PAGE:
We recommend that you ensure to always get the newest available Avastar update from your personal download folder to avoid stepping into known pitfalls.

Avastar supports working with Joint positions while the Slider system is also active. The goal is to provide a true what you see is what you get system. However at the moment (August-2016) you have to follow a very strict workflow to get things working correctly:

Prepare your Blend file for Joint Offset usage

  • Create a new Avastar character or open a blend file with an existing character.
  • Open the Tool Shelf and set the slider system to SL Restpose by clicking on the white Stickman icon (see image)

Note: you currently can not see if you are in SL Restpose. But you can click on the Stickman icon just to be sure you are in the right mode. We work on improving this.


Important: If you have already edited the joints while the sliders where in default pose, then be prepared to adjust the bones after you moved to the SL Restpose (we know, this is ugly, but we try to fix that).

Edit your joint positions

You have basically 2 options to edit the joint positions. You either can do this in Armature Pose mode or in Armature Edit mode. Lets start with editing in pose mode:

Editing in Pose mode

When you work in Pose mode then you can edit your character visually because the rigged meshes instantly follow the editing of the pose bones.

  • Select the Armature in Pose mode
  • Open the Tool Shelf – Rig Control Panel
  • Unlock the Control Bone Locking (see image)
  • Take care that you only(!) edit the green control bones.


The good news is that you also can use all pose tools, even IK and auto IK. Until here you actually just pose your character. There is nothing really special about this. But remind … green control bones ONLY!


Now you can go ahead and pose your character as you like. Below is an example sequence for modifying the default SL face into a snout:


Convert the pose to Restpose

Once you are happy with the new pose, you want to conserve your settings as a new Restpose. Pure blender provides a function for this (Apply pose as new Restpose). But this does not work nicely together with the Avastar slider system. For this we have added our own Pose bake tool which also calculates the joint offsets and allows to use the sliders afterwards:

  • Select the Armature in Pose mode
  • Open the Tool Shelf – Rig Config Panel
  • Then call the Snap Rig to Pose button

Now the new skeleton is calculated based on your Pose. And once this function is finished, you find a list of all bones with joint offsets in the Config Panel (see image) and now you can test your character with the slider system.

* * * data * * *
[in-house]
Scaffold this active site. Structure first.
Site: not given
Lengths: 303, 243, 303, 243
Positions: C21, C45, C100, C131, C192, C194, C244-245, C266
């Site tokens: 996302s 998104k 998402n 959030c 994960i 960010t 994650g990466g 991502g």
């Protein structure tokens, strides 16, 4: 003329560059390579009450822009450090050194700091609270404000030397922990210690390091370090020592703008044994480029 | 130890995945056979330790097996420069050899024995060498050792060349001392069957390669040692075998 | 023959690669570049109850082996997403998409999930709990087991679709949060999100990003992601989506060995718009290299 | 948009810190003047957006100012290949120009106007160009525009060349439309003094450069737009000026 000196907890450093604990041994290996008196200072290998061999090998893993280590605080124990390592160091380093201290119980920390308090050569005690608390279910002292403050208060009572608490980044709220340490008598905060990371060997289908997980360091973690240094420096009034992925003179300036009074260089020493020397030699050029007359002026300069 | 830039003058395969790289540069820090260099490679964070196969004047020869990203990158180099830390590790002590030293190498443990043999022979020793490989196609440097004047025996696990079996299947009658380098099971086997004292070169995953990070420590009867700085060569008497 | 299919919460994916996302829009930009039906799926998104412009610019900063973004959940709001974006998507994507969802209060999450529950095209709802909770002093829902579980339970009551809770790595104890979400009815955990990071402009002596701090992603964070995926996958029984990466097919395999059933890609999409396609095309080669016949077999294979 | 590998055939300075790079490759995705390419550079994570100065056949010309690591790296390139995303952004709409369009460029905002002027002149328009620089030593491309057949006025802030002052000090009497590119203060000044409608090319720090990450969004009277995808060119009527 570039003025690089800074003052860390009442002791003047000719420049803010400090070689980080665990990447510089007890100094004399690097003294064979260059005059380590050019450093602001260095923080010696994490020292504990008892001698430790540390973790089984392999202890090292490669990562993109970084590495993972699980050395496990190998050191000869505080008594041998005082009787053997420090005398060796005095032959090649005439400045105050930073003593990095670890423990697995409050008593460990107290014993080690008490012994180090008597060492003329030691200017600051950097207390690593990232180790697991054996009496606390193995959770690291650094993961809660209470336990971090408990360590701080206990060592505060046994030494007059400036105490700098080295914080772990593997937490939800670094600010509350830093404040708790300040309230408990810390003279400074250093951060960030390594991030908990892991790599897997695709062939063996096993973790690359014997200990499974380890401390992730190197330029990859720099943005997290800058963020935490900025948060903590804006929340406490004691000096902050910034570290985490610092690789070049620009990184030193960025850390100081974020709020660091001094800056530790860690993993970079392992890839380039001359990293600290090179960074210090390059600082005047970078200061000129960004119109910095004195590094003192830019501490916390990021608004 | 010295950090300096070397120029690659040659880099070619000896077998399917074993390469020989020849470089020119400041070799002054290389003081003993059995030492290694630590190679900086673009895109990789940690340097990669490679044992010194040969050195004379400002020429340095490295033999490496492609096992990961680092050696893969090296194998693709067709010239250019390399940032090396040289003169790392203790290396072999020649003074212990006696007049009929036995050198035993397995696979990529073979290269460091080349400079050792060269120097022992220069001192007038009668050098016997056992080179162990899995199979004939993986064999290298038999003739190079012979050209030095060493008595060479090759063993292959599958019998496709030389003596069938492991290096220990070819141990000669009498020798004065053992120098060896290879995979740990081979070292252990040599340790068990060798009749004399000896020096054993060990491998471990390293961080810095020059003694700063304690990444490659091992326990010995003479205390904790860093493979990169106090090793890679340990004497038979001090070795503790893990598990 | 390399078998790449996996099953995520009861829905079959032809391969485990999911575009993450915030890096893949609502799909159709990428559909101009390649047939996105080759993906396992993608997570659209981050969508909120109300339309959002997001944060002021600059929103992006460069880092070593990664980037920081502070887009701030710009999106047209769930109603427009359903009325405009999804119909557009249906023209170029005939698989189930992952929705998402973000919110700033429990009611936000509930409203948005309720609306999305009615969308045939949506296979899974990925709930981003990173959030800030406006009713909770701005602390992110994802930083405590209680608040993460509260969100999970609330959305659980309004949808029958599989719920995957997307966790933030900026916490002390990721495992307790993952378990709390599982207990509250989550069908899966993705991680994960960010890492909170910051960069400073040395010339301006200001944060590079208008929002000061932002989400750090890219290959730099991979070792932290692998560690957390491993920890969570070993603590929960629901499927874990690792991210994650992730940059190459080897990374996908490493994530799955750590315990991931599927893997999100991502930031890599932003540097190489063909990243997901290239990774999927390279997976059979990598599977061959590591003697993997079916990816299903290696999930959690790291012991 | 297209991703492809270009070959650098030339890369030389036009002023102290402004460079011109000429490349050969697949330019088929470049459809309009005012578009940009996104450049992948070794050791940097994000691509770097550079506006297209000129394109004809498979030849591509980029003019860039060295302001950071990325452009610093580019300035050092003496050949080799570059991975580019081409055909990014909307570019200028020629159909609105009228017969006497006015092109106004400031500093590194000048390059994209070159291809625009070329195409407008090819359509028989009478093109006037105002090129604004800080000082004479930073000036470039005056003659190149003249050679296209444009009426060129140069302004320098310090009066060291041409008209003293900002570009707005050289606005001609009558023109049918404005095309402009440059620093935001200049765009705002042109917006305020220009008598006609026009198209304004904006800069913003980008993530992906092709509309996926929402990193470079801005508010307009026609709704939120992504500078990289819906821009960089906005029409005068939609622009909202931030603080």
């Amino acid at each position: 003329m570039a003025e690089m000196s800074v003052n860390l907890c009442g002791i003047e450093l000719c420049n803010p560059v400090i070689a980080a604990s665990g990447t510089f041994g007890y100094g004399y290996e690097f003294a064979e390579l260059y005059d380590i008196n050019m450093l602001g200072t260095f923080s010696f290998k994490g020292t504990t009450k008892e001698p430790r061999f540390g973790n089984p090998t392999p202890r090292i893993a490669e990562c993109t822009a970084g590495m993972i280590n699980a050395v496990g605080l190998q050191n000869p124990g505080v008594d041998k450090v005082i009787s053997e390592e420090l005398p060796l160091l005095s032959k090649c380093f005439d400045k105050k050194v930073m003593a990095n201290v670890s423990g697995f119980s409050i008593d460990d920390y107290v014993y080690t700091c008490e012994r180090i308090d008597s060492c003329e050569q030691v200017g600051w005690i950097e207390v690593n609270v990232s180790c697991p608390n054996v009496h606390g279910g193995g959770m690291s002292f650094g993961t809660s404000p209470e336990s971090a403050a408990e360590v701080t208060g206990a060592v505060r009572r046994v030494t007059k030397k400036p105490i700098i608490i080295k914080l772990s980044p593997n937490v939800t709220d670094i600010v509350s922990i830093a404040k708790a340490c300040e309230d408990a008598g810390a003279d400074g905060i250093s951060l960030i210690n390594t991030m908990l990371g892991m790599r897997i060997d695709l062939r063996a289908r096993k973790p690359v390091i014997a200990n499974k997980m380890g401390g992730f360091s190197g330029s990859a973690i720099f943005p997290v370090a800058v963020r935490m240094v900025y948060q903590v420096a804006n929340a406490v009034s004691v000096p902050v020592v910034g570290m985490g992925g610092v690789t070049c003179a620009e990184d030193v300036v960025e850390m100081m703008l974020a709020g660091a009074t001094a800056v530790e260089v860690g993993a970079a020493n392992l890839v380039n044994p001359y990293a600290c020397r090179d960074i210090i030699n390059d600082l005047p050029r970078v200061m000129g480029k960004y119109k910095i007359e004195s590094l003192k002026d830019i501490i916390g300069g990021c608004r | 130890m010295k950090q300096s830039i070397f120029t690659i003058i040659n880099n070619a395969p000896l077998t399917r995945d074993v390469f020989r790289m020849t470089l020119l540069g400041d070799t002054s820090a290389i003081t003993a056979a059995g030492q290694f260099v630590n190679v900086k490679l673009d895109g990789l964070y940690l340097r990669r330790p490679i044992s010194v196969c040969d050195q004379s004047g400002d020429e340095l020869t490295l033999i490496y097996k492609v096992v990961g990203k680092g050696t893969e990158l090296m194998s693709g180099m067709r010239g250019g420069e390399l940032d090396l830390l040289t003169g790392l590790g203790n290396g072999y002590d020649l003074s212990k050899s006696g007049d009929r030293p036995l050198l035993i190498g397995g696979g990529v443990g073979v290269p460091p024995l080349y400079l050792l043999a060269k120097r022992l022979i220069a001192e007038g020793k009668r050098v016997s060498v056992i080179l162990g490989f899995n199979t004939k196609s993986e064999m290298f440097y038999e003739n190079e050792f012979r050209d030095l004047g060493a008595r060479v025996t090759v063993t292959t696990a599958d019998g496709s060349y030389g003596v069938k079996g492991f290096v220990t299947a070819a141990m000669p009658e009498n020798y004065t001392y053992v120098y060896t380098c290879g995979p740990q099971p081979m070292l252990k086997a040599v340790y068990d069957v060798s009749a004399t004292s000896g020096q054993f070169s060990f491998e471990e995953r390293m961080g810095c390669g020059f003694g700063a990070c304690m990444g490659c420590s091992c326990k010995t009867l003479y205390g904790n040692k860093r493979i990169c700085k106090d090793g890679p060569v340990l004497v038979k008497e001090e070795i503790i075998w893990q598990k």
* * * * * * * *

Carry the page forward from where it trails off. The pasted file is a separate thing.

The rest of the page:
But note: we aim to implement the exact same slider behavior as the SL viewer’s Shape editor provides. This may give unexpected results at times.

Editing in Edit mode

While editing your character in Pose mode may be of benefit for some workflows, you still may want to have full control over the bone editing. Or maybe you just like the Bone editor more than the Pose editor.

So of course we also support editing your character in Edit mode:

  • Be sure you have set the appearance sliders to SL Restpose (see above)
  • Select the Armature in Edit Mode
  • Take care that you only(!) edit the green control bones.



Just for demo i moved the nose bone a bit


The problem is that you can not tell from the editor if you work on the control bones or not… We have no good idea how to improve that, but we try.

Apply the Bone edits to the Sliders

Once you are finished with your bone editing in the Blender armature editor, you again have to tell the slider system about your edits.

  • I expect you are still in edit mode (of course)
  • Open the Tool Shelf – Rig Config Panel
  • Then call the Store Joint Edits Button
You might see some small shifts of the joints. We do not know yet what causes this shifting. We work on this still.



Testing the sliders

Here is the modified Skeleton head with some of the face sliders edited and the jaw bone posed (to open the mouth):


Now you may be eager to export your head to Second Life. You do this as usual. Just open the Collada exporter and export your meshes with the default Collada settings.

On the image on the right side you find the list of edited sliders. Note that the sliders possibly do not react fully as you might expect. This is because bones with joint offsets are no longer moved with the sliders. For those sliders only bone scaling is enabled.